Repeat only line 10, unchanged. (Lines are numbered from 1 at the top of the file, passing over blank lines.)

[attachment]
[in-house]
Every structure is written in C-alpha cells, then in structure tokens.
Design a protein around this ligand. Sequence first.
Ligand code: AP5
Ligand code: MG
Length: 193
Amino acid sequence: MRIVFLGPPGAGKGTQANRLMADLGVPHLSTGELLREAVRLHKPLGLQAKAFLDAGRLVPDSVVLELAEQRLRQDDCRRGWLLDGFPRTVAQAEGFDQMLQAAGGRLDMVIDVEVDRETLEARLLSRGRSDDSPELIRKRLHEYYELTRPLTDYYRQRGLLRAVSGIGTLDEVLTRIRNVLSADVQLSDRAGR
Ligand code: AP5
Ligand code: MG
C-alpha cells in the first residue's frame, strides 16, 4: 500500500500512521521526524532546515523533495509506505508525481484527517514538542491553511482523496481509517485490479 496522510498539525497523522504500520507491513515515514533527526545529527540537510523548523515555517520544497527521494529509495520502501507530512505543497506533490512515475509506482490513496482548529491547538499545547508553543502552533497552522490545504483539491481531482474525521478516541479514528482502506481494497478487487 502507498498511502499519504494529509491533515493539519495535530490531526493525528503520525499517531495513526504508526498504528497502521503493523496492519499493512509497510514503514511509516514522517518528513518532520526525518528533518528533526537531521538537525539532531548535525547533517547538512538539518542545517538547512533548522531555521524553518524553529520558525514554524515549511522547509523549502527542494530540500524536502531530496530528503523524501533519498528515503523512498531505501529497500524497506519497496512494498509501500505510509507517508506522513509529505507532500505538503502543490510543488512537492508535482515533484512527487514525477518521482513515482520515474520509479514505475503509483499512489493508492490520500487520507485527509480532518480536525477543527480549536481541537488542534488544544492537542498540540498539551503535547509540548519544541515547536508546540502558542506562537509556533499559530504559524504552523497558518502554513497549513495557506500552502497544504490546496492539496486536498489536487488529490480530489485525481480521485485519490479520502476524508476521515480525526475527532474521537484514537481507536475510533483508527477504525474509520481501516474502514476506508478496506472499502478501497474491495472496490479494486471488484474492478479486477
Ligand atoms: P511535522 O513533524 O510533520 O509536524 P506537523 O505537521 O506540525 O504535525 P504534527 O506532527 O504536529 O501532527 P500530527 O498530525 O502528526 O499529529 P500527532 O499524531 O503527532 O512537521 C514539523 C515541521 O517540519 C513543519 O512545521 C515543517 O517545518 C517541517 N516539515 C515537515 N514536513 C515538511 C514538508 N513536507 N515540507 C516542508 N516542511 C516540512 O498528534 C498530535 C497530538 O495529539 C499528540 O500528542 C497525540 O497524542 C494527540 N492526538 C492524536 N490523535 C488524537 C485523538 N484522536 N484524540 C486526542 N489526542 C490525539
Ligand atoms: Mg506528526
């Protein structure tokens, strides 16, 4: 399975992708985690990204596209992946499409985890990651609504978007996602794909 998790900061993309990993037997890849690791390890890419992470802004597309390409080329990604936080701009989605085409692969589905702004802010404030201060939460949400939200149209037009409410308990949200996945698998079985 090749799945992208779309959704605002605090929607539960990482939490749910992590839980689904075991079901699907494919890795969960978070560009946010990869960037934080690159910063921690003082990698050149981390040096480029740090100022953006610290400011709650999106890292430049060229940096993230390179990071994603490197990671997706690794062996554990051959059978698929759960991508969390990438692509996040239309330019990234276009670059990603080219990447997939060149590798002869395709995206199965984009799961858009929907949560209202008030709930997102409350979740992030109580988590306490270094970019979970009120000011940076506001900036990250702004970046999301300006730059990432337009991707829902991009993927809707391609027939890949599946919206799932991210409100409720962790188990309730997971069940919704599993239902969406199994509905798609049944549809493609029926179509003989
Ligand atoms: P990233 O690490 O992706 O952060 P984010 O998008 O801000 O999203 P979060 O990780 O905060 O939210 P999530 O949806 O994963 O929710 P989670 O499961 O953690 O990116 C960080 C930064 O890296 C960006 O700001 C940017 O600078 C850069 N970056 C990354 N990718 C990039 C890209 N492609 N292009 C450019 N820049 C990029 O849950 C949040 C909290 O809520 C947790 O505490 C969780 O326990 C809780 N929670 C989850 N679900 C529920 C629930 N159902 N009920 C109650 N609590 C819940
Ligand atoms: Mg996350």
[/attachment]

C-alpha cells in the first residue's frame, strides 16, 4: 500500500500512521521526524532546515523533495509506505508525481484527517514538542491553511482523496481509517485490479 496522510498539525497523522504500520507491513515515514533527526545529527540537510523548523515555517520544497527521494529509495520502501507530512505543497506533490512515475509506482490513496482548529491547538499545547508553543502552533497552522490545504483539491481531482474525521478516541479514528482502506481494497478487487 502507498498511502499519504494529509491533515493539519495535530490531526493525528503520525499517531495513526504508526498504528497502521503493523496492519499493512509497510514503514511509516514522517518528513518532520526525518528533518528533526537531521538537525539532531548535525547533517547538512538539518542545517538547512533548522531555521524553518524553529520558525514554524515549511522547509523549502527542494530540500524536502531530496530528503523524501533519498528515503523512498531505501529497500524497506519497496512494498509501500505510509507517508506522513509529505507532500505538503502543490510543488512537492508535482515533484512527487514525477518521482513515482520515474520509479514505475503509483499512489493508492490520500487520507485527509480532518480536525477543527480549536481541537488542534488544544492537542498540540498539551503535547509540548519544541515547536508546540502558542506562537509556533499559530504559524504552523497558518502554513497549513495557506500552502497544504490546496492539496486536498489536487488529490480530489485525481480521485485519490479520502476524508476521515480525526475527532474521537484514537481507536475510533483508527477504525474509520481501516474502514476506508478496506472499502478501497474491495472496490479494486471488484474492478479486477